5) Finally I should say that this blog is all about freedom of expression, I have my opinions on a number of things dealt with here and since I live in a country where free speech is allowed, I therefore say what I think. Sometimes I make generalisations, sometimes I use specific cases to illustrate a point. In the latter situation it is only fair that the person or group mentioned ALWAYS have the right to answer and contest what I said - though I'd prefer them to do it in accordance with the 'house rules' set out above.

Thanks for visiting my blog, I look forward to hearing from you.

Vignette

12 comments:

Alfredo De La Fe said...

Not true Paul, I stopped commenting on your dribble after you either "edited" or rejected my comments outright.

Paul Barford said...

I think you will find that the word you are looking for is "drivel".

I rejected comments from you that fell into category 3, getting right off the topic of the post, and so no longer a comment on it. The place for that is a discussion forum, this is not a discussion forum.

Alfredo De La Fe said...

No, dribble as in drool. But drivel works as well. Also, your selective editing of my comments had nothing to do with them being off topic. In either case, this is your sand box and you can decide who is invited to "play" or not.

Paul Barford said...

Well, I will leave it up to the reader to decide whether a US coin dealer who regards excessive salivation as a form of communication is the best judge of what I should regard as on-topic and off-topic on my own blog.


I assume Mr De La Fe is referring to his attempts to get his story right in the case of a report of domestic violence which he had earlier brought into the coiney debate: http://paul-barford.blogspot.com/2010/04/accg-spokesman-i-want-to-tell-you-story.html

It was already off topic and I used it to illustrate the kind of junk logic these people use to defend their opposition to restricting the import of illegally exported artefacts . In the context of what I wrote, whether or not what happened in that case was closer to the first or second version of events which De La Fe "reported" really is no concern of any of us.

Mr De La Fe has his own coiney blog and he can write there about the ins and outs of alleged domestic violence cases in which his colleagues are or are not involved if he thinks it on-topic on a coiney blog.

Robert Matthews said...

Hello Paul,

Good to be able to access your blog again. I have been feeling deprived not beening able to get a daily dose. Although I do not always agree with you blunt debate with out spilling over into name calling is to be welcome.

Robert Matthews

Paul Barford said...

Not agreeing with me is what the "comments" sections are for. I welcome debate as long as it does not spill over into pointless name calling too. After all, putting all this stuff down on 'paper' is to help me get the ideas sorted out in my head, any constructive help with that would be gratefully accepted.

Paul Barford said...

Vanda jakabova, I am afraid I do not have a copy of ths text here in Poland, I think however if you write to the Institute of Archaeology (UC London), they were publishing copies of the dissertations on PDFs, I assume they still do. Good luck, and please let me know how you get on -if you post me your email address I'd like to hear what you are doing, I am intrigued.

Harry Brown said...

Hi Paul - do you have an email address so I can send you something? Cheers Harry

Paul Barford said...

Hmm, "Harry", well, yes I do. See point 8 above?

Paul Barford said...

Thanks, Harry, I got the message but I did not publish it because (a) I'm not sure what relevance it has, (b) it was not clear that this person was still active [the online trail went cold a few years ago], and (c), publishing the information would be doxxing and unfair. Information noted. Thanks.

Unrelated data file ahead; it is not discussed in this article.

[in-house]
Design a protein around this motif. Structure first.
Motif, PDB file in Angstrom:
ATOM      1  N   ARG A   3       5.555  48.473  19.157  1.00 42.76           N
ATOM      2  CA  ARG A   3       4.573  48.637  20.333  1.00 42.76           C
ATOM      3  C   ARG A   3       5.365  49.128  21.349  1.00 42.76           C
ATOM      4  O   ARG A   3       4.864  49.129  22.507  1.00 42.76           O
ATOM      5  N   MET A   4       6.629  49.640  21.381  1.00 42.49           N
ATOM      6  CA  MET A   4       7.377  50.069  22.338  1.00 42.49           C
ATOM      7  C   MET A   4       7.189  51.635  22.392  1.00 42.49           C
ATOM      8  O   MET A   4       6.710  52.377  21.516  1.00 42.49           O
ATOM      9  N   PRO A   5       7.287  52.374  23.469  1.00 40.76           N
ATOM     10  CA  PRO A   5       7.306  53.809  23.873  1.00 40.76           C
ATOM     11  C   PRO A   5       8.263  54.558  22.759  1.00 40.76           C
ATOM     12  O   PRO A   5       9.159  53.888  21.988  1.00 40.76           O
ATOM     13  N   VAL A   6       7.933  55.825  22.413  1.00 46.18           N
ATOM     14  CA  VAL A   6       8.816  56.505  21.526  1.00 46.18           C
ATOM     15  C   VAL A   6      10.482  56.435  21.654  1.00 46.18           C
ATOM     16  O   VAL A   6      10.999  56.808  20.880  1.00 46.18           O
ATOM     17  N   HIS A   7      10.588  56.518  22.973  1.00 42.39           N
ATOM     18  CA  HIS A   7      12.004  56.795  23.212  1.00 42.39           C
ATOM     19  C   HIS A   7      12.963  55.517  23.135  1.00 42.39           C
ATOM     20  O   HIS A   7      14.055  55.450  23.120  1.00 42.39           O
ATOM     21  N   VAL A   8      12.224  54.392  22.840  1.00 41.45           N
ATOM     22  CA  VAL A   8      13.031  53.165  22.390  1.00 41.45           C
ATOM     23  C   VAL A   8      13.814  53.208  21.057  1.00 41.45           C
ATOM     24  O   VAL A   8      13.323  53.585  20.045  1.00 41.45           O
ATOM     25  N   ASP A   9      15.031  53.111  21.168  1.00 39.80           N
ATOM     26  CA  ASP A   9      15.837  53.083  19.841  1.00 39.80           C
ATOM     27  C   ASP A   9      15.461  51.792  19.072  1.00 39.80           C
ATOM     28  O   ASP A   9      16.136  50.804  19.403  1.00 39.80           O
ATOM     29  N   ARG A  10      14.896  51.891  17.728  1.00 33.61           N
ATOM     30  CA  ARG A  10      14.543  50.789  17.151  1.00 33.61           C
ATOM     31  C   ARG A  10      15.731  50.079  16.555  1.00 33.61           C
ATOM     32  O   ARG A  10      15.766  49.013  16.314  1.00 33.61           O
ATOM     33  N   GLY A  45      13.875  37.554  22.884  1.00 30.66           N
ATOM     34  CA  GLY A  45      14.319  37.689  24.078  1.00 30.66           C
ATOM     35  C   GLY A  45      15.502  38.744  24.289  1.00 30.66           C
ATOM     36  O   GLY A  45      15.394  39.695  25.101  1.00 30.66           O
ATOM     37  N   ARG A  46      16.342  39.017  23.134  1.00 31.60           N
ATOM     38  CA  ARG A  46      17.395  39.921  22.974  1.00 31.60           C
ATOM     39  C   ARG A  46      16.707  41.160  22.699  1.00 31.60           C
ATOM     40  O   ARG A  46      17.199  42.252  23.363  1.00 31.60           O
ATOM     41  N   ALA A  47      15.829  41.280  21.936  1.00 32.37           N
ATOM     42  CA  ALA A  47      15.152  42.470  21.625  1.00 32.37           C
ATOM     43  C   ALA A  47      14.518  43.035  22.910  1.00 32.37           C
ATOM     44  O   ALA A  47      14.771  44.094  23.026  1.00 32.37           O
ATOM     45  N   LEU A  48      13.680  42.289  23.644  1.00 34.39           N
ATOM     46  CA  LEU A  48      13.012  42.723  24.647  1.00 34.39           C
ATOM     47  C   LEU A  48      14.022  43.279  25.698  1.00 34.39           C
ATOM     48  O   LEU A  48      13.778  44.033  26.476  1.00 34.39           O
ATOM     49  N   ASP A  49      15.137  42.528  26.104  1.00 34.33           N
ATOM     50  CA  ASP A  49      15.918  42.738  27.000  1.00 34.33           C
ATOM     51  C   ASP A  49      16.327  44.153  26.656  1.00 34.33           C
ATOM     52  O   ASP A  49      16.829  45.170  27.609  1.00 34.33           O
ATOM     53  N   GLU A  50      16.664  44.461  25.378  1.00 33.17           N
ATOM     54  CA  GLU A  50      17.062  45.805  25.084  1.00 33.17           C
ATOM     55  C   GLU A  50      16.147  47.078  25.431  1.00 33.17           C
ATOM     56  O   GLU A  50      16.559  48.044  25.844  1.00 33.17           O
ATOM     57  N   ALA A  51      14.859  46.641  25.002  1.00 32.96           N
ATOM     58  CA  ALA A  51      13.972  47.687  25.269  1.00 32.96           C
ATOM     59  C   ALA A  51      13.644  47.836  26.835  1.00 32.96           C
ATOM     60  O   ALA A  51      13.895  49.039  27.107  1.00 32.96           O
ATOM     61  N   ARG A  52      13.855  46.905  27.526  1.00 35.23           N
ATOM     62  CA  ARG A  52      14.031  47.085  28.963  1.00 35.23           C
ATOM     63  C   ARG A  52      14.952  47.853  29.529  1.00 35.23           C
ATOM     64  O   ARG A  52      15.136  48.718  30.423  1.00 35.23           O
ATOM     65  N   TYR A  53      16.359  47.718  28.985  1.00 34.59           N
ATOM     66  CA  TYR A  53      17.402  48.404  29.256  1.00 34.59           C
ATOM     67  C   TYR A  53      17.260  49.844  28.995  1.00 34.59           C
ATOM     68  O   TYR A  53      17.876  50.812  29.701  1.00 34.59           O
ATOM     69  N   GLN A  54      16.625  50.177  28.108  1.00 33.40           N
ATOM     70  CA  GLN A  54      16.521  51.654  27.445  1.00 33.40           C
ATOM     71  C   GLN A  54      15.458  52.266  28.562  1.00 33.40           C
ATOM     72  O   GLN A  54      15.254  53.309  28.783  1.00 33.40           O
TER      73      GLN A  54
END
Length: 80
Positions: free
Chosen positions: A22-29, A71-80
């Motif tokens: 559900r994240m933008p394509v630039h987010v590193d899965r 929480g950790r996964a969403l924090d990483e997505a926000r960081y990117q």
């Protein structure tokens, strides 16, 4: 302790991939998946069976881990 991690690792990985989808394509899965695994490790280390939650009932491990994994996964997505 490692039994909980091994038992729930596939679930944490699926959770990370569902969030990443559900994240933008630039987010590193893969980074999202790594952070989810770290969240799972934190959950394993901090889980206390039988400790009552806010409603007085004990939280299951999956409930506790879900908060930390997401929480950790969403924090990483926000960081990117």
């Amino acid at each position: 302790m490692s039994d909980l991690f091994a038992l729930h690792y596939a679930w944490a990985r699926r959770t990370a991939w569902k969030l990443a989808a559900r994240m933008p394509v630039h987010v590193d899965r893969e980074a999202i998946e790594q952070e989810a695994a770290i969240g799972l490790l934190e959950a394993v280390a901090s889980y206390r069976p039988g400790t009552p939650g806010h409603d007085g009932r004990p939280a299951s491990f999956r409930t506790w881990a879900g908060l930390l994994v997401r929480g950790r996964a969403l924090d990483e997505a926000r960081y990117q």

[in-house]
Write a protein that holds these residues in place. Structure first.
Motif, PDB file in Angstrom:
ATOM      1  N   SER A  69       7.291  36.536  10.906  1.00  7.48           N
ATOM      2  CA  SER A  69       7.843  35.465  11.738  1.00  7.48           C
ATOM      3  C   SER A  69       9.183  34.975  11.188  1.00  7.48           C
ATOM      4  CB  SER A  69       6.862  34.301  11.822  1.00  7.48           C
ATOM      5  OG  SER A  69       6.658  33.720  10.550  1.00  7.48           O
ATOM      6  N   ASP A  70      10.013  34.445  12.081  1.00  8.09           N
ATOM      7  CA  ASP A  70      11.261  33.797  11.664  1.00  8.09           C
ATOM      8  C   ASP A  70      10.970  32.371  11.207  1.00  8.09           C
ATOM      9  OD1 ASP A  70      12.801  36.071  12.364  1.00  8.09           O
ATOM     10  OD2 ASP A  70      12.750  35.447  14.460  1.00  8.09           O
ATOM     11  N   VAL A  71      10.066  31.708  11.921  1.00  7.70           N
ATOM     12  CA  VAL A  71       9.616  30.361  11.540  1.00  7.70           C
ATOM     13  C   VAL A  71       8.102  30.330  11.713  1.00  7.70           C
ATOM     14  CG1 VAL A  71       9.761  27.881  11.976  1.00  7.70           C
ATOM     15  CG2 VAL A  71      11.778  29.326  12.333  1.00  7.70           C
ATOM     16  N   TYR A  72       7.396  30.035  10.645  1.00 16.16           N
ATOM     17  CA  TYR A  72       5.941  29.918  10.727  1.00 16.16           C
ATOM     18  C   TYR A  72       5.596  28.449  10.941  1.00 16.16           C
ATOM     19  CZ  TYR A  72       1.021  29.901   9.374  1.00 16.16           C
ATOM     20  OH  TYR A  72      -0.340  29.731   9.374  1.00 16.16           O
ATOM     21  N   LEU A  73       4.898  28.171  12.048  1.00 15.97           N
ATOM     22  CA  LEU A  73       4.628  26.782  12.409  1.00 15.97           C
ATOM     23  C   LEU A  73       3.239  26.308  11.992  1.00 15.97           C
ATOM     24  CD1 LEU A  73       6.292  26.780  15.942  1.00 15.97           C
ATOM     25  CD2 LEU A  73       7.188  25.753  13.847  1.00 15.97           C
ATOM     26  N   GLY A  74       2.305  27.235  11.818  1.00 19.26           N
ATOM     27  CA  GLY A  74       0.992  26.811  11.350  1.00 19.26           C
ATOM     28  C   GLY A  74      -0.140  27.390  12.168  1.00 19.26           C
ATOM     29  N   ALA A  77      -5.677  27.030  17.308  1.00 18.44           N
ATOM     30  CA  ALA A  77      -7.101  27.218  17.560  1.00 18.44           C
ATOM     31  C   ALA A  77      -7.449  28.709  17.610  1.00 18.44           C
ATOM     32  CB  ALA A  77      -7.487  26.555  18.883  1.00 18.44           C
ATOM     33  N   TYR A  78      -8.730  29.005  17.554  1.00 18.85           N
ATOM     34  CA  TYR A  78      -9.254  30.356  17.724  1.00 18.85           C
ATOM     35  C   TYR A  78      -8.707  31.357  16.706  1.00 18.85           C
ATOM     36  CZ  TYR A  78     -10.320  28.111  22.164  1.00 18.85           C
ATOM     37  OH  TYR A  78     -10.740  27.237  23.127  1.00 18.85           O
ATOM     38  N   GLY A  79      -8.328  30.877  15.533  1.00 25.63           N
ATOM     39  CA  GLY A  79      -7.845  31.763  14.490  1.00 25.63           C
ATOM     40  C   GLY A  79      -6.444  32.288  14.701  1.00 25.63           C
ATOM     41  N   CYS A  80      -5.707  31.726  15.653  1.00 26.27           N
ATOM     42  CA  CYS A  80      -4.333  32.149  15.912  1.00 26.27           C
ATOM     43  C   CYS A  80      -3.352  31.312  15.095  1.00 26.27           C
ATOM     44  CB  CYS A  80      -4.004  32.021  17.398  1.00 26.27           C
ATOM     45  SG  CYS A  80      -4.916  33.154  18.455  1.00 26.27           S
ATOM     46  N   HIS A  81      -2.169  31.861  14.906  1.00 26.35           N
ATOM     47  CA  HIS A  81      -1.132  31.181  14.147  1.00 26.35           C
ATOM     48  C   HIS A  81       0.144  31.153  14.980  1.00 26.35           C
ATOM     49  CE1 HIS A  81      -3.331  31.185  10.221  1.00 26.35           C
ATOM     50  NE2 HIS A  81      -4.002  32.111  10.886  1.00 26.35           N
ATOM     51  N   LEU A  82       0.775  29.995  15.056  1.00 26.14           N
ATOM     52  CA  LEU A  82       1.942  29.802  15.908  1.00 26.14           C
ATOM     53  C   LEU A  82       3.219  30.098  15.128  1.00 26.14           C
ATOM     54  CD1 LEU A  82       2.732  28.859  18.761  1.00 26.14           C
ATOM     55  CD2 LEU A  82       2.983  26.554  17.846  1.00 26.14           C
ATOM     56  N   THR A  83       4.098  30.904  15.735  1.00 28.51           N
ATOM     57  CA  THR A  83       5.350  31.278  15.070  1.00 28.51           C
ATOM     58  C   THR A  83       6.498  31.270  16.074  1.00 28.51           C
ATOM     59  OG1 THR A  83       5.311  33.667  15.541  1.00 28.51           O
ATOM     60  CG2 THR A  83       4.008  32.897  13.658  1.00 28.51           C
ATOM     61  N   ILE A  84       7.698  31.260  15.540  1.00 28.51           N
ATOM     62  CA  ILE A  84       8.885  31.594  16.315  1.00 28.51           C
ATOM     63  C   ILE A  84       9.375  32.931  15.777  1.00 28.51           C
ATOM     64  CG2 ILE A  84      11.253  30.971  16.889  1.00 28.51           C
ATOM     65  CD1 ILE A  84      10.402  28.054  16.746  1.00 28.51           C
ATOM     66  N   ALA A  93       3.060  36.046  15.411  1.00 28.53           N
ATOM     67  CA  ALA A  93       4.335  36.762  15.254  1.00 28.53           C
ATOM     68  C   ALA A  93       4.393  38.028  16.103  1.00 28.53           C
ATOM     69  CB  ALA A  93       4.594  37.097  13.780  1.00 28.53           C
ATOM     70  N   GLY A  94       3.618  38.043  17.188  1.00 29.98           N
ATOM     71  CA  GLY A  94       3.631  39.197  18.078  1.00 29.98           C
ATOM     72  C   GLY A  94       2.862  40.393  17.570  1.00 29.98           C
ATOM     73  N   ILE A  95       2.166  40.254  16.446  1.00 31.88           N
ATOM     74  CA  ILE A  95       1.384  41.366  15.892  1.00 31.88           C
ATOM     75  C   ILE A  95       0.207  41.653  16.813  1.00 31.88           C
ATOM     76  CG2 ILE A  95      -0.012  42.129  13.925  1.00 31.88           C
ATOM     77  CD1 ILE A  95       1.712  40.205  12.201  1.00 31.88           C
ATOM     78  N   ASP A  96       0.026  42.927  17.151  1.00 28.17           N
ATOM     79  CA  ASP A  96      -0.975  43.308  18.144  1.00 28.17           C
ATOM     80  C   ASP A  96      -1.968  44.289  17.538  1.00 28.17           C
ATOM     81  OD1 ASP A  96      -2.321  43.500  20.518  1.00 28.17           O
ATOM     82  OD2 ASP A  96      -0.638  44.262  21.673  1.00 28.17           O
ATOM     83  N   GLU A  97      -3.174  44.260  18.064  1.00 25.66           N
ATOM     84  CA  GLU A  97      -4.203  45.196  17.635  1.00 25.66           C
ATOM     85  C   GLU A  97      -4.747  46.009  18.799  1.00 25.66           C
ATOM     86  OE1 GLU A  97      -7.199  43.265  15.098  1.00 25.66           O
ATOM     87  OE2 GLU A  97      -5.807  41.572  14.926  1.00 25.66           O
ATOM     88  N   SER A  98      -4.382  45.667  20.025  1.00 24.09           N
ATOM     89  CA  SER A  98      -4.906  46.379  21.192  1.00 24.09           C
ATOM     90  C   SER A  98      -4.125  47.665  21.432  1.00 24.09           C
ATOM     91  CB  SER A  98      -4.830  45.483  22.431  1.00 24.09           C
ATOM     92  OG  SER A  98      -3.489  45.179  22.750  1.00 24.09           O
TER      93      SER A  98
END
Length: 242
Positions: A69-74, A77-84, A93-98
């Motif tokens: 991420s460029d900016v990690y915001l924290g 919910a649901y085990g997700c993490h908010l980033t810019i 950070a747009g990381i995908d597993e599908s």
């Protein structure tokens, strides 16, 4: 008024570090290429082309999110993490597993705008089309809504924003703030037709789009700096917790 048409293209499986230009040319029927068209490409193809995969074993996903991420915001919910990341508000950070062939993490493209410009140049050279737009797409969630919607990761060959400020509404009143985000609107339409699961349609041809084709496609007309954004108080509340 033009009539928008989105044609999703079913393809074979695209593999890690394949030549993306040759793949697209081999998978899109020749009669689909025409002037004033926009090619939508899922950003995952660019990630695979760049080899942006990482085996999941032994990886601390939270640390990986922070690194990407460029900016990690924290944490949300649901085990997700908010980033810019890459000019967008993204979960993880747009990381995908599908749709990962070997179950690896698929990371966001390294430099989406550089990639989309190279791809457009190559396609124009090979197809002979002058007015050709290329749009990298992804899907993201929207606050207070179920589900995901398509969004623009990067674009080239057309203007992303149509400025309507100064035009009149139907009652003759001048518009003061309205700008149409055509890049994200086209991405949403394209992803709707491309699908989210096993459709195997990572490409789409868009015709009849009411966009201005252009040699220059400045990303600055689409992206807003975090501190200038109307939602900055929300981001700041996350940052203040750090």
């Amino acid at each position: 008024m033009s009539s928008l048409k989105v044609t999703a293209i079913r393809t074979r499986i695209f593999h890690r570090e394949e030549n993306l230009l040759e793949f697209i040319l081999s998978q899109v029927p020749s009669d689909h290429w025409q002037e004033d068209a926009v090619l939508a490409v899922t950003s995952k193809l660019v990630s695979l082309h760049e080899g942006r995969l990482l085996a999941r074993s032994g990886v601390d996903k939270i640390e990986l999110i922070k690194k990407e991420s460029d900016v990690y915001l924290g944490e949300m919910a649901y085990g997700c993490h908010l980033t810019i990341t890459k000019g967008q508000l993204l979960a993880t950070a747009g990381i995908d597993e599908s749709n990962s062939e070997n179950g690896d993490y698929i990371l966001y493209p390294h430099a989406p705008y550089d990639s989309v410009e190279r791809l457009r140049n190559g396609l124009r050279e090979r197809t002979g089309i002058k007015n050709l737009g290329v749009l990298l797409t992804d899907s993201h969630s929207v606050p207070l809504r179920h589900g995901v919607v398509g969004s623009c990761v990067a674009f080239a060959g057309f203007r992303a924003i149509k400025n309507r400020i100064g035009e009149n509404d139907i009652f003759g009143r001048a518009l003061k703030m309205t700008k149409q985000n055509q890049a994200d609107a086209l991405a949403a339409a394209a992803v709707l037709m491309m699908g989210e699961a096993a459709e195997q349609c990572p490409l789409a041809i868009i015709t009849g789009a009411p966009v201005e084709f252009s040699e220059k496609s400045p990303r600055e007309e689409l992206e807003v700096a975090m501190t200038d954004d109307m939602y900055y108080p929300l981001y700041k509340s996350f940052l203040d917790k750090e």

Harry Brown said...

Ok Paul, I understand it may be a bit of a legal minefield. The trail on this person went cold because he changed his name so he could continue to work in the profession. He's still the person that metal detectorists hold up as being a bad thieving archaeologist and as such he shouldn't still be working as it tars us all! All the best anyways and keep up the good work!

Paul Barford said...

The event to which you refer happened in 2008. It was reported and honestly discussed here when it was current news. I am not sure what really happened, I suspect it was a more ambiguous situation on the ground than what was reported. The person involved however was convicted and fairly sentenced. I really do not see any reason to conduct a witch-chase and keep returning to this matter twelve years on - on the grounds that "it tars us all" and that dullard metal detectorists and artefact collectors attempt a "Two Wrongs" argument to deflect attention from serial destructive, unethical and illegal behaviour in their hobbies.

Yes, there are bent archaeologists. Of course there are, just as there are bent churchmen, politicians, policemen, doctors, lawyers and teachers. An Oxford Professor is currently under scrutiny, a Basque archaeologist for what is being made to look like dishonest behaviour, and if they are tried and convicted, this blog will be one of the first places to report it. But a number of archaeologists cheat on their wives, have alcohol-related problems, have abusive relations with members of the opposite sex and employees/students and so on and so on... Is this blog (or a metal detecting one), the place for dragging this personal dirty laundry out into open view?

I believe the information you wanted to draw my attention to is the personal matter of the individual concerned, who as far as I can see has done nothing in the period to which you refer that is illegal, immoral, unethical or whatever. If however they do, I may well decide to write about it, but I really do not intend hounding anyone about a matter that I consider was closed in 2013. He made a mistake, but I do not see a reason to make it more difficult for him to move forward.

What you choose to do is up to you and your conscience, but after thinking about it, I do not think the aspect you consider to be so important is in fact a matter for this particular blog.